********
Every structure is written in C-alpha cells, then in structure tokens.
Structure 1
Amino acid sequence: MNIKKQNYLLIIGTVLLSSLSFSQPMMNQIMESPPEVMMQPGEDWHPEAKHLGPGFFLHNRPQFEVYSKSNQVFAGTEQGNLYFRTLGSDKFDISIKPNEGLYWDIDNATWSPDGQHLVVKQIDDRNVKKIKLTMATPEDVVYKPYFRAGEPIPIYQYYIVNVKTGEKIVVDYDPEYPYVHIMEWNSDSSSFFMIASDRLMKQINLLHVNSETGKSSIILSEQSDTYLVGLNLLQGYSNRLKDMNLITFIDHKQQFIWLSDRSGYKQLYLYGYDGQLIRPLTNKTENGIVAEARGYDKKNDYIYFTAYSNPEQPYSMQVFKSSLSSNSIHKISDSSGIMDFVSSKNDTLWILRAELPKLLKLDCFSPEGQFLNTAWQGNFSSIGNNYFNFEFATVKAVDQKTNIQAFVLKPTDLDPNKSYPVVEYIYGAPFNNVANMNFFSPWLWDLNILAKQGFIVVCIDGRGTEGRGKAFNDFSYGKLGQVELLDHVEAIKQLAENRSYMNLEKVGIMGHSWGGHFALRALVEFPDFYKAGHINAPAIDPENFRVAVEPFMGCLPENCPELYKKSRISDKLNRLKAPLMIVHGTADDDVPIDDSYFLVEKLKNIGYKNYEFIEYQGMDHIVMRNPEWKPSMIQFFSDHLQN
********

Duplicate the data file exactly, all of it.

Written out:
Every structure is written in C-alpha cells, then in structure tokens.
Structure 1
Amino acid sequence: MNIKKQNYLLIIGTVLLSSLSFSQPMMNQIMESPPEVMMQPGEDWHPEAKHLGPGFFLHNRPQFEVYSKSNQVFAGTEQGNLYFRTLGSDKFDISIKPNEGLYWDIDNATWSPDGQHLVVKQIDDRNVKKIKLTMATPEDVVYKPYFRAGEPIPIYQYYIVNVKTGEKIVVDYDPEYPYVHIMEWNSDSSSFFMIASDRLMKQINLLHVNSETGKSSIILSEQSDTYLVGLNLLQGYSNRLKDMNLITFIDHKQQFIWLSDRSGYKQLYLYGYDGQLIRPLTNKTENGIVAEARGYDKKNDYIYFTAYSNPEQPYSMQVFKSSLSSNSIHKISDSSGIMDFVSSKNDTLWILRAELPKLLKLDCFSPEGQFLNTAWQGNFSSIGNNYFNFEFATVKAVDQKTNIQAFVLKPTDLDPNKSYPVVEYIYGAPFNNVANMNFFSPWLWDLNILAKQGFIVVCIDGRGTEGRGKAFNDFSYGKLGQVELLDHVEAIKQLAENRSYMNLEKVGIMGHSWGGHFALRALVEFPDFYKAGHINAPAIDPENFRVAVEPFMGCLPENCPELYKKSRISDKLNRLKAPLMIVHGTADDDVPIDDSYFLVEKLKNIGYKNYEFIEYQGMDHIVMRNPEWKPSMIQFFSDHLQN